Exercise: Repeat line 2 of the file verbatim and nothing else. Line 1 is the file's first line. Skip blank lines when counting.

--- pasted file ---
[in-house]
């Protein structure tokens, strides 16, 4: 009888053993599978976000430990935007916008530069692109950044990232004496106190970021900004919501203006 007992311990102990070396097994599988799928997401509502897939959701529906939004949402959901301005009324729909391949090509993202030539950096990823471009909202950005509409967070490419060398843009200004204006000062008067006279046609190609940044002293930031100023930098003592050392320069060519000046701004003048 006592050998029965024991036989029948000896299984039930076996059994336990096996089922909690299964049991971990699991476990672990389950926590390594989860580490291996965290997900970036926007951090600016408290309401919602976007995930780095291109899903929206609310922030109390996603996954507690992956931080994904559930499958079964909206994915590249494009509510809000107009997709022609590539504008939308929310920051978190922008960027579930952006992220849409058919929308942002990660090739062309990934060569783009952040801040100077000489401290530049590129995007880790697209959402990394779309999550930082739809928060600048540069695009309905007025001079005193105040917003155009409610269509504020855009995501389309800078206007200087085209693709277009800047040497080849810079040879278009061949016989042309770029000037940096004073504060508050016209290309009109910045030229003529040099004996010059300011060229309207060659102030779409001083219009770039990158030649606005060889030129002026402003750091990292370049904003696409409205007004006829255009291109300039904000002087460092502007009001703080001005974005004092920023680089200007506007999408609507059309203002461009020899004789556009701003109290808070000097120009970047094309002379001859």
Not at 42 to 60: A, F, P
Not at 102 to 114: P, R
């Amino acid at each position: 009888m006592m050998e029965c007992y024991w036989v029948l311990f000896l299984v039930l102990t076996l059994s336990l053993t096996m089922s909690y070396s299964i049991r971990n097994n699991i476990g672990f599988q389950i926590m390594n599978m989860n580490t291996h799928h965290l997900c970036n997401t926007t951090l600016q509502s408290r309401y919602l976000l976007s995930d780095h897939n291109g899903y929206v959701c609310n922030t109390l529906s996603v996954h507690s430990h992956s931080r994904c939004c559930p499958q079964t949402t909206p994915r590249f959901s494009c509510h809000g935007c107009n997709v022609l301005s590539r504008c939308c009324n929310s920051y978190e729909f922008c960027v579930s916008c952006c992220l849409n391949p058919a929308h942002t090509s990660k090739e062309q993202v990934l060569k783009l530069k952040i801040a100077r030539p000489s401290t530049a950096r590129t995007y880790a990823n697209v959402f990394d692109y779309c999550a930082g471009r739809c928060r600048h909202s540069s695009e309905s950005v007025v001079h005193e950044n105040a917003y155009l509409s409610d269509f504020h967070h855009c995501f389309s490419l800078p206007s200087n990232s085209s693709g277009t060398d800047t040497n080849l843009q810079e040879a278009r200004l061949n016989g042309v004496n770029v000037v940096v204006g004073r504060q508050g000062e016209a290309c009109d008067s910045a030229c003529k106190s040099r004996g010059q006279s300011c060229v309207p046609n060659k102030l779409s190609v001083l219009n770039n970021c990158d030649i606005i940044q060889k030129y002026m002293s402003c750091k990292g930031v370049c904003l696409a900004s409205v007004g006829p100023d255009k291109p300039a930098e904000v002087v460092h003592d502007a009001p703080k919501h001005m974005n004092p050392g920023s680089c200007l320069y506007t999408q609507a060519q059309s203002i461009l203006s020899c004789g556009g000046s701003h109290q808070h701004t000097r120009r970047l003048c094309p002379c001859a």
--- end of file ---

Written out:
């Protein structure tokens, strides 16, 4: 009888053993599978976000430990935007916008530069692109950044990232004496106190970021900004919501203006 007992311990102990070396097994599988799928997401509502897939959701529906939004949402959901301005009324729909391949090509993202030539950096990823471009909202950005509409967070490419060398843009200004204006000062008067006279046609190609940044002293930031100023930098003592050392320069060519000046701004003048 006592050998029965024991036989029948000896299984039930076996059994336990096996089922909690299964049991971990699991476990672990389950926590390594989860580490291996965290997900970036926007951090600016408290309401919602976007995930780095291109899903929206609310922030109390996603996954507690992956931080994904559930499958079964909206994915590249494009509510809000107009997709022609590539504008939308929310920051978190922008960027579930952006992220849409058919929308942002990660090739062309990934060569783009952040801040100077000489401290530049590129995007880790697209959402990394779309999550930082739809928060600048540069695009309905007025001079005193105040917003155009409610269509504020855009995501389309800078206007200087085209693709277009800047040497080849810079040879278009061949016989042309770029000037940096004073504060508050016209290309009109910045030229003529040099004996010059300011060229309207060659102030779409001083219009770039990158030649606005060889030129002026402003750091990292370049904003696409409205007004006829255009291109300039904000002087460092502007009001703080001005974005004092920023680089200007506007999408609507059309203002461009020899004789556009701003109290808070000097120009970047094309002379001859």